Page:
The car took off and was seen later at the shopping center. The man pulled into a parking space and fired at the cars on either side of him, killing two people, authorities said. He fired more shots, wounding two people, then went inside the mall, Sanders said.

Police did not say how the elderly woman died, or if the gunman was a suspect in her death. But they did say they believed the events were connected.

The mall, one of the city's busiest shopping centers, was shut down and officers were going through each store to see if anyone else might have been involved, Sanders said.

The gunman and victims' names were not immediately released, and conditions of the wounded were not available. ... _article=1

15,991 Posts
From Boortz:


The police finally shot and killed the shooter .. but why did people being threatened by this man have to wait for the police to show up? Was this mall another one of those "gun free zones?" If a private citizen with a concealed carry permit had pulled out a gun and put this idiot out of our misery, would we have had another hysterical woman crying to the media that this private citizen had been allowed to carry a gun?

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David W. Logsdon lived in his next-door neighbor’s house and used her credit cards while her dead and battered body lay on the floor, evidence shows.

He also apparently used a rifle from her home to launch a deadly rampage at Ward Parkway Center Sunday afternoon, just an hour and 40 minutes after police found Patricia Reed’s body.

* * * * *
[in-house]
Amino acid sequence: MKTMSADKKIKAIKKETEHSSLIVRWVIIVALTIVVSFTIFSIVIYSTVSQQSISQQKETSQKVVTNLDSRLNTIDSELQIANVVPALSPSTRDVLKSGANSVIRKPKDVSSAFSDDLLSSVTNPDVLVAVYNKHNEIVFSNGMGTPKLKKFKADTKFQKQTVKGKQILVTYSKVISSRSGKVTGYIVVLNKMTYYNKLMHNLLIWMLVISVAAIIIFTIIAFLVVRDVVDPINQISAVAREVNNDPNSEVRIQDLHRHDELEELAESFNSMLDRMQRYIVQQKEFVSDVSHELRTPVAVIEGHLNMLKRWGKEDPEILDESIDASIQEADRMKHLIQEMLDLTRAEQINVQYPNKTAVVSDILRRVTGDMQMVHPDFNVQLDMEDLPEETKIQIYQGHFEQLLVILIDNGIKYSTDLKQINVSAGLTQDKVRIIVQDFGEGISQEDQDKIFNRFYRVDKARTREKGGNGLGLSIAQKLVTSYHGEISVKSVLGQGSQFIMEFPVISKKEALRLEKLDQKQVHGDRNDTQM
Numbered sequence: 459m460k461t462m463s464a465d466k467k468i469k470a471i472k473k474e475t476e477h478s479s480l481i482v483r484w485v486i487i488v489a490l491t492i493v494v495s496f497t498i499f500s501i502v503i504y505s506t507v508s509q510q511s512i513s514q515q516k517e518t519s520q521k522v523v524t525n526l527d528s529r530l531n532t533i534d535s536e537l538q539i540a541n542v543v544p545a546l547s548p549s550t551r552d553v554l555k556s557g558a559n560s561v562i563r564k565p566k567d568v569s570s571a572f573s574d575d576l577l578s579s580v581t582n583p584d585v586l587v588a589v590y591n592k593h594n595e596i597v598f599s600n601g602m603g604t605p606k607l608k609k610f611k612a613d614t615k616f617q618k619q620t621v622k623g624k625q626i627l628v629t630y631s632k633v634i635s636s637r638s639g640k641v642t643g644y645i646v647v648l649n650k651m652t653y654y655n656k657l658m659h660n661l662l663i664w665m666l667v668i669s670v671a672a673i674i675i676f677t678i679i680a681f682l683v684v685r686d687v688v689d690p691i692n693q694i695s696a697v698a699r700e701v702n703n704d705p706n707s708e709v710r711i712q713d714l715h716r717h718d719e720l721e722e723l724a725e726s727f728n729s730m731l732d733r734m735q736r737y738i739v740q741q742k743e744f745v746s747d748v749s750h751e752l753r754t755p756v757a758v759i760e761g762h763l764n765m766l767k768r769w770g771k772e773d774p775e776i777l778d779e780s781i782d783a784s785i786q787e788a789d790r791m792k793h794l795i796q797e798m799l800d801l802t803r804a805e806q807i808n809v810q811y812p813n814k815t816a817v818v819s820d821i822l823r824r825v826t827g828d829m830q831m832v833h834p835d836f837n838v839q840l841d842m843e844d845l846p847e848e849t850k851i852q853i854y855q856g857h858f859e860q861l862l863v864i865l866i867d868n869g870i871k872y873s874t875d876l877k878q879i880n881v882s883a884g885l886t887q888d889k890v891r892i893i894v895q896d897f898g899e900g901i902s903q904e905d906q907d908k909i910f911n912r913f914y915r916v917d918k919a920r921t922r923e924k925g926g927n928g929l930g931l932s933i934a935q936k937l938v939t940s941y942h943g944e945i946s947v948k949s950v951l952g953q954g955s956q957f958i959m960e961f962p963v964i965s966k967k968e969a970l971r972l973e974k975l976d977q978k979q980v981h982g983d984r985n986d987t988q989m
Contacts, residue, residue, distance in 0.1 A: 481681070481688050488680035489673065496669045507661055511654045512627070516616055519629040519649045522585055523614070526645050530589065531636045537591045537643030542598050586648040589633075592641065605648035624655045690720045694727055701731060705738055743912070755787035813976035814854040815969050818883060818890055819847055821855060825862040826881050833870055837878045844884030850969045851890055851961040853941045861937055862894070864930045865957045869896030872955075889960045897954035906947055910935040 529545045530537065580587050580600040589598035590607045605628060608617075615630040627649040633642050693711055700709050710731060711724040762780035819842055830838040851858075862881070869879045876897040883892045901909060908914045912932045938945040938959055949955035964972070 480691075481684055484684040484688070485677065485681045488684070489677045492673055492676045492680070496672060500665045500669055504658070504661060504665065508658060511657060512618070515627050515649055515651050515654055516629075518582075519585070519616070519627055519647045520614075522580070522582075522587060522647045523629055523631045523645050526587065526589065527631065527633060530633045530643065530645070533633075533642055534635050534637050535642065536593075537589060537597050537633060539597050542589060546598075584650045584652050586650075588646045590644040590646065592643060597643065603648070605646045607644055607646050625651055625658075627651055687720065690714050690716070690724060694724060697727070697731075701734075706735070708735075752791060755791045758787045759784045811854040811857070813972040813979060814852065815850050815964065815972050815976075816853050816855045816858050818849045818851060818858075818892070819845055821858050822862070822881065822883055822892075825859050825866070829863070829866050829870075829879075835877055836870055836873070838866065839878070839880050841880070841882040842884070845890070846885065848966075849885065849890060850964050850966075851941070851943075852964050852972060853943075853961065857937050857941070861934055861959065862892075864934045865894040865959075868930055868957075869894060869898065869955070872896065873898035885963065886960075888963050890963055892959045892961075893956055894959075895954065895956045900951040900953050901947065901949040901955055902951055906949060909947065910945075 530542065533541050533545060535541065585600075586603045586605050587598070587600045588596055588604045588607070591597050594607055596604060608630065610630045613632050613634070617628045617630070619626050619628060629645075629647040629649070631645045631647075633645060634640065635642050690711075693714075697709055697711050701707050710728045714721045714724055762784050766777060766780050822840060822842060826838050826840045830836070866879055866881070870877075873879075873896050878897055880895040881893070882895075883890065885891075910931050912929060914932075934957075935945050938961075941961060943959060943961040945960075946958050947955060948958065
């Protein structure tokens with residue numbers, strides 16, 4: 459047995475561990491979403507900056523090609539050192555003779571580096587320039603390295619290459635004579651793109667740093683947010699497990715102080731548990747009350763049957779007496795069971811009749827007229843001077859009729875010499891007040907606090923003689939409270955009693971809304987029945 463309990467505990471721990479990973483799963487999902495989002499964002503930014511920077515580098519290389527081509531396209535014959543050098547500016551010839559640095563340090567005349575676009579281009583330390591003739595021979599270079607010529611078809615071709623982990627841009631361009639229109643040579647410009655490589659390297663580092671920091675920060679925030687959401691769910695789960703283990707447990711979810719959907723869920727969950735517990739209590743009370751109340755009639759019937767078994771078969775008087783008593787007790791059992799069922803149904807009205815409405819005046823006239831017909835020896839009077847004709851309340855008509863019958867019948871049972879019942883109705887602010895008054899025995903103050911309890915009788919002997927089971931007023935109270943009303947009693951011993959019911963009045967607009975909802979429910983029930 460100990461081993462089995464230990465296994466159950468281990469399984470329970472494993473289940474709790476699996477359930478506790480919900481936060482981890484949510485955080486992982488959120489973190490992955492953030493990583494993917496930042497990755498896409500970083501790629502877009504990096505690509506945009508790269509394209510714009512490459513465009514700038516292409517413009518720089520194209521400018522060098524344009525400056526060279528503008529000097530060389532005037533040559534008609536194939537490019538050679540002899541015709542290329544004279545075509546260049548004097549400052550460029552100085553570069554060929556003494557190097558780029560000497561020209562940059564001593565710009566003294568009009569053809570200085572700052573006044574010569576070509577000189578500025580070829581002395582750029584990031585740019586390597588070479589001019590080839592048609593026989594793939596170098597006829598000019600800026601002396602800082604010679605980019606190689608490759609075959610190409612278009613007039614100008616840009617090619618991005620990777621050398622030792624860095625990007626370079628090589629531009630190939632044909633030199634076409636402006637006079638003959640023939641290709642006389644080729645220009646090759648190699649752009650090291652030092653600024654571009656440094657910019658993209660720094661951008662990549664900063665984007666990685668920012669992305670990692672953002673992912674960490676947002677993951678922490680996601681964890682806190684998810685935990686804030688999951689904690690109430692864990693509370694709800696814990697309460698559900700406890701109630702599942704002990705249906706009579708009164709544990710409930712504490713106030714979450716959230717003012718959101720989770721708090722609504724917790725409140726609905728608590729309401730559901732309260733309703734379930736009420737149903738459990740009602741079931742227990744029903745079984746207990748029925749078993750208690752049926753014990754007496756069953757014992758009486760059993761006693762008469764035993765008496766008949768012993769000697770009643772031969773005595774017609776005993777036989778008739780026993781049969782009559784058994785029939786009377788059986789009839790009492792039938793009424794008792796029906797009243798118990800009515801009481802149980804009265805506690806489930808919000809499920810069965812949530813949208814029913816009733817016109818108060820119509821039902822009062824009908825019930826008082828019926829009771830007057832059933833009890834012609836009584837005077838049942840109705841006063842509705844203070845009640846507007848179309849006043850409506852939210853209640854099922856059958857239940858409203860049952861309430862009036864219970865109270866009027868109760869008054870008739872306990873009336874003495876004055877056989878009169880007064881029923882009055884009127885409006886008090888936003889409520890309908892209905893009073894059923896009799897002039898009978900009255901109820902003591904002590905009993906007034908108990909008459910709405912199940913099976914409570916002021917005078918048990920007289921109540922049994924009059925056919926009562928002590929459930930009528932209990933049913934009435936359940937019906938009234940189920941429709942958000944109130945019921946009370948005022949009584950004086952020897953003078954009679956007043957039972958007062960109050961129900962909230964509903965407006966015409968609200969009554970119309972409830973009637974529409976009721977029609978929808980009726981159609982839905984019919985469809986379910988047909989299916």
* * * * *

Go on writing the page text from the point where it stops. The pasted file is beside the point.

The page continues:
A Social Security number etched onto the .30-caliber M1 carbine semiautomatic rifle belonged to Reed’s late husband, a World War II veteran who died in 1993, The Star confirmed Tuesday.

Logsdon apparently moved into the house after Reed’s murder because it offered all the comforts his own home did not, The Star also learned.

His home contained food for his two cats, but none for himself. Utility companies had cut his power and water.


His checking account was overdrawn. He owed money to creditors. The former unarmed security guard couldn’t regain that job because of warrants for property code violations.

And Jackson County this year sent him two letters threatening foreclosure if $3,369.50 in back taxes, interest and penalties remained unpaid. The second letter, sent April 2, was headed “Final notice before foreclosure filing†and set an April 30 payment deadline.

As Logsdon’s home deteriorated, and his financial resources dried up, police believe Logsdon, 51, beat Reed to death, moved into her home and began using her resources and driving her car.

Investigators think Reed had been dead at least three days by Sunday. No relatives had talked to her since April 21.